Of the right to feel fabulous. – My diary as Stella Brave / days 1/2

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We are made of stories. Stories we tell ourself about who we are, what we can and cannot do, what is and isn’t for us. Choosing to believe or to change this stories makes us who we are.

For ages I’ve been convinced that stepping out of the comfort zone wasn’t for me. I was wrong. When I look back, I did it countless times without even realising. I started this blog, for example, jumping from a secret diary to the wide and sometimes cruel world wide web. I’ve told about my issues with identity and maternity online, accepting the good and the bad coming from that. Oh, yes: I became a mum. I moved to the UK. I tried a bunch of things from paragliding to flamenco to pole dance to aerial hoop to  Idontevenremember.

There’s one thing I haven’t tried for a long time though, and that is reclaiming my body and my damn right to feel fabulous.

Yeah: I wake up most days feeling like crap. I take care of my body but I could definitely do better. I sometimes dance dress like no one is watching. I’m pretty but not so stunning. Oh wait… here we are again! Reclaiming this right is probably way out of the comfort zone a woman is ‘supposed’ to step: we are somehow taught that if you’re not perfect then you don’t have the right to feel 100% good in your own skin. You should act a bit apologetically, and appear accordingly. That’s so wrong, especially if you consider you only have one single life and you should: 1. make whatever you want out of it and 2. feel happy.

Wanting to both try something new and defying this belief, I signed up for something I had wanted to try for a long time: a Burlesque course.

I stepped into House of Burlesque’s dance studio off Old Street a bit intimidated. I have some dancing skills but that doesn’t certainly makes me feel comfortable in acting sexy in front of people, not to mention the undressing thing. Well, from the first moment I felt like ‘wow, this place is so empowering’.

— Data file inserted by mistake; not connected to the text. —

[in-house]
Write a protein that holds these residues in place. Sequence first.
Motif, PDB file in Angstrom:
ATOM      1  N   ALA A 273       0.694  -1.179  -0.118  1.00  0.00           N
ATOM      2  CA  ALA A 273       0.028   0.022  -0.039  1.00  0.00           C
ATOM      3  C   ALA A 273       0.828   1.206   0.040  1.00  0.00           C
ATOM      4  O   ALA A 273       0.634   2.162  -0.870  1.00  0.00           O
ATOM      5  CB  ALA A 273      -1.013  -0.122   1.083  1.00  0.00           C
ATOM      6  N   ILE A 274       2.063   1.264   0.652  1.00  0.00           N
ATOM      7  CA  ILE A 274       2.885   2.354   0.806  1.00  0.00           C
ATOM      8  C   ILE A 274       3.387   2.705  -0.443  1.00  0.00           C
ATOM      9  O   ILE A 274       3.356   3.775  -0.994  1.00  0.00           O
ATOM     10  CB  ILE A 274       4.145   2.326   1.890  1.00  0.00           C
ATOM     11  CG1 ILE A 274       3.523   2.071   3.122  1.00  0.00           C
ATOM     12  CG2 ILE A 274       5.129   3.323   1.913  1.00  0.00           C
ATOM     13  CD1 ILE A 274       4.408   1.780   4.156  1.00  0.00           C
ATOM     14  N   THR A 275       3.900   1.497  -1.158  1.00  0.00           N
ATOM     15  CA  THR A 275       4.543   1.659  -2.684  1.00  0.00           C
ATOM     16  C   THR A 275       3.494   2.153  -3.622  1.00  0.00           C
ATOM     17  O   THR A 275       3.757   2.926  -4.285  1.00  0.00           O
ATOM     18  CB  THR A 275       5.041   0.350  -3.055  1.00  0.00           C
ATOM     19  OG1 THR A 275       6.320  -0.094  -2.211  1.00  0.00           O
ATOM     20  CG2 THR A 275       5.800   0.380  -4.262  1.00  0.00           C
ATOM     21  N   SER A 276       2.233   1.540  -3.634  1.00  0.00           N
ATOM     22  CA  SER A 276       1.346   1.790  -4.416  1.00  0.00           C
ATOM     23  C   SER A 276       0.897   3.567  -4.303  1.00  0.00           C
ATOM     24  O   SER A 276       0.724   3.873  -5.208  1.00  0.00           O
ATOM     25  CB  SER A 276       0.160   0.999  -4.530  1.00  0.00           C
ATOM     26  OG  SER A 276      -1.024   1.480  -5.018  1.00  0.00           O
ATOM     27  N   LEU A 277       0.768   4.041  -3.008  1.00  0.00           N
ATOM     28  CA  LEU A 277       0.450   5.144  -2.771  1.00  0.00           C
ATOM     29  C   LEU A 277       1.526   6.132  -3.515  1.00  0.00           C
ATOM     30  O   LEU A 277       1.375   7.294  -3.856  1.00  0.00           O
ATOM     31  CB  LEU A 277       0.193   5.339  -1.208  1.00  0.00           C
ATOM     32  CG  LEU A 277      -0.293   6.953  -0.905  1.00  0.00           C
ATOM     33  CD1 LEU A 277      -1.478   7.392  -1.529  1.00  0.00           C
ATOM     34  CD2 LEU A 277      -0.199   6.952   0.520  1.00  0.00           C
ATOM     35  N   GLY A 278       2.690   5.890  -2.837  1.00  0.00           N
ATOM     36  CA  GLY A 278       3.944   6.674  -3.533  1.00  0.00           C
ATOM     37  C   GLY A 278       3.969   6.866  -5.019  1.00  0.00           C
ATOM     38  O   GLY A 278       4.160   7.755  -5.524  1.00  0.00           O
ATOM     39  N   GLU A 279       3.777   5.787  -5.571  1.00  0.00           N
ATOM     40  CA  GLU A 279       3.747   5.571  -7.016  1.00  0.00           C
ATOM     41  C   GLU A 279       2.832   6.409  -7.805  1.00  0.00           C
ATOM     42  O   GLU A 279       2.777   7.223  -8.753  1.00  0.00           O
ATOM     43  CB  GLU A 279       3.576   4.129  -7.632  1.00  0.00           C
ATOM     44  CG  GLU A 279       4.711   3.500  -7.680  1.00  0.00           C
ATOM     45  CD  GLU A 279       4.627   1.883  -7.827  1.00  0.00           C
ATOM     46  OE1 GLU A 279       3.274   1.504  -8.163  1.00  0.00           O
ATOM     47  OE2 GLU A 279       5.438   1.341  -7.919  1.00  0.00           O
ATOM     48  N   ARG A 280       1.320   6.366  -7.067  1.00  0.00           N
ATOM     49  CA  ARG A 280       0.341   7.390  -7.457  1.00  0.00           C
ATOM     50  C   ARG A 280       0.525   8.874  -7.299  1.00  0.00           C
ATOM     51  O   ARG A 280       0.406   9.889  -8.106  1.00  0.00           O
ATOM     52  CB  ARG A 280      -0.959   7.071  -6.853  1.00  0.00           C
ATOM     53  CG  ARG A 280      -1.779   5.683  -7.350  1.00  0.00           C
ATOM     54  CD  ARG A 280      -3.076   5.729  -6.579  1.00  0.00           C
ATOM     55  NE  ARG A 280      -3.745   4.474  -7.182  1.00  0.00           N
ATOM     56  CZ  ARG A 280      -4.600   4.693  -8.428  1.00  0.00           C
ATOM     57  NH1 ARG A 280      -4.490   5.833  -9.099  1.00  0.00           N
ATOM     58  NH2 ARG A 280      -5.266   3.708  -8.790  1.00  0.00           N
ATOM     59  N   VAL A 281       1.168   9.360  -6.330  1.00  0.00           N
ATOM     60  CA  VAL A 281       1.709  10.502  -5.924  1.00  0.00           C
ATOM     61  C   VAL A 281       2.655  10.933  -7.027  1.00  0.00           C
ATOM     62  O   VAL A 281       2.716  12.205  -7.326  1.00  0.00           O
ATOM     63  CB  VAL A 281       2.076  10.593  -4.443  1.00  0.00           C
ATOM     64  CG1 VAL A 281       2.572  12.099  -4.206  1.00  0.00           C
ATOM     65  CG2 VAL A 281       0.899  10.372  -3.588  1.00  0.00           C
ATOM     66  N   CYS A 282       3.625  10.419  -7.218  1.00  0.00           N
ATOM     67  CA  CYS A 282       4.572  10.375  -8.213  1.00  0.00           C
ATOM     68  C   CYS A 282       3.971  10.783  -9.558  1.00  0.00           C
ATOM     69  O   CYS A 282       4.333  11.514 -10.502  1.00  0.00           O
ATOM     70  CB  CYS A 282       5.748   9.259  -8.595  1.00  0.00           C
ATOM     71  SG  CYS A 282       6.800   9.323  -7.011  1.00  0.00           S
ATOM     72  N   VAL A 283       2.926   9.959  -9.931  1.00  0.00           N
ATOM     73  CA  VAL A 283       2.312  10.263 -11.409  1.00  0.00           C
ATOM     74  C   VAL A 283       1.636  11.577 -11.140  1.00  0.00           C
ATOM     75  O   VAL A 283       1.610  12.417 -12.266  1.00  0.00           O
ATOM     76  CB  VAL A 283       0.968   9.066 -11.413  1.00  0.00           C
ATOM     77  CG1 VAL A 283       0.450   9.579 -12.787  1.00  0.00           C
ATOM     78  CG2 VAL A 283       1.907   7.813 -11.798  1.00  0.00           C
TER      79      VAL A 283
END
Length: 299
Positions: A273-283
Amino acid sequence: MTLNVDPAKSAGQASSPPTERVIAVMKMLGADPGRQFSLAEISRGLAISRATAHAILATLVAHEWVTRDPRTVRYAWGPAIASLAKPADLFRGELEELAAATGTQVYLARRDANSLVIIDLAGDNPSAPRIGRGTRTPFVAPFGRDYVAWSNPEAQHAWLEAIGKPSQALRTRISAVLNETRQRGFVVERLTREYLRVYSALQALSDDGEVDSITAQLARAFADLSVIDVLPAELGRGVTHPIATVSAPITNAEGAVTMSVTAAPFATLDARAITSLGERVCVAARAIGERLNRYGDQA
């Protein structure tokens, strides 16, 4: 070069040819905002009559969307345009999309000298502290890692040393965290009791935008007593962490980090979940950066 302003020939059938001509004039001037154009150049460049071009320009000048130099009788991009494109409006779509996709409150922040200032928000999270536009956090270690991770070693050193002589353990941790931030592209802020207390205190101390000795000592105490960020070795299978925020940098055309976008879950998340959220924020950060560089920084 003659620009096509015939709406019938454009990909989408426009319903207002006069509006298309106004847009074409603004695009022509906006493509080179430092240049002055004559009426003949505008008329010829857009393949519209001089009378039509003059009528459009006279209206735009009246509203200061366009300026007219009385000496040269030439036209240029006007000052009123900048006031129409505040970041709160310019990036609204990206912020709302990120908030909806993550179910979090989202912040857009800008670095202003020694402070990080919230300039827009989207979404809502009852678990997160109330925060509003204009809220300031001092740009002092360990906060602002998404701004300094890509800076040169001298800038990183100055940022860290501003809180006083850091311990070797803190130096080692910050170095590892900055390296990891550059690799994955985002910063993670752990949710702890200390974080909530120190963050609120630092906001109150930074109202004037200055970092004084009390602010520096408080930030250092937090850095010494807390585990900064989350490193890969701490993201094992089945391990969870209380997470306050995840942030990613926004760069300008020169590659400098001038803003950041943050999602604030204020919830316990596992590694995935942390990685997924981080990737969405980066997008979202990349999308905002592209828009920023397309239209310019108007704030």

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First: it’s great to have a teacher called Tempest Rose, isn’t it? Second: it’s great to be together with other girls who are there with the same insecurities yet the same will to overcome them (while having fun).

It’s also quite a relief and so motivational to hear that in order to appear fabulous you have to believe you’re fabulous. There’s no other way.

(distant Beyoncé clapping)

During the first lesson we learned something about discovering our Burlesque alter-ego and a few dance steps + Burlesque classic moves. We tried some walking styles and poses and we also learnt a bit about the two main different types of characters: the femme fatale (basically, an ass-kickin’ vamp in chief – which I personally prefer) and the pin up (the sweet but sexy naive-looking bombshell) > I really hope those descriptions sound correct, in case any burlesque lover is reading this.

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The second lesson was all about creating a choreography. It was amazing to see girls who never danced before successfully creating their minute-long dance. After all, in Burlesque it’s 50% dancing and moving but also 50% attitude – if you just can dance it’s not enough.

imageThe best bit of the lesson was ‘declaring’ our Burlesque names. I has spent the whole week thinking about a good name but for some reason only the most obvious ones kept bouncing in my head. Then I thought about the things I like, or names I love. I ended up with a shortlist with different names I could combine differently. I liked November, the month I was born. Juno, like the goddess. Stardust and Starlight. And Stella.

Yes, Stella. I liked the sound of it. And I tried to match it with something as strong. For some reason, I though about ‘brave’!

Stella Brave.

Wow. That sounded powerful.

Yes: Stella Brave. Here is my Burlesque name for now. How does it sound?

 

 

 

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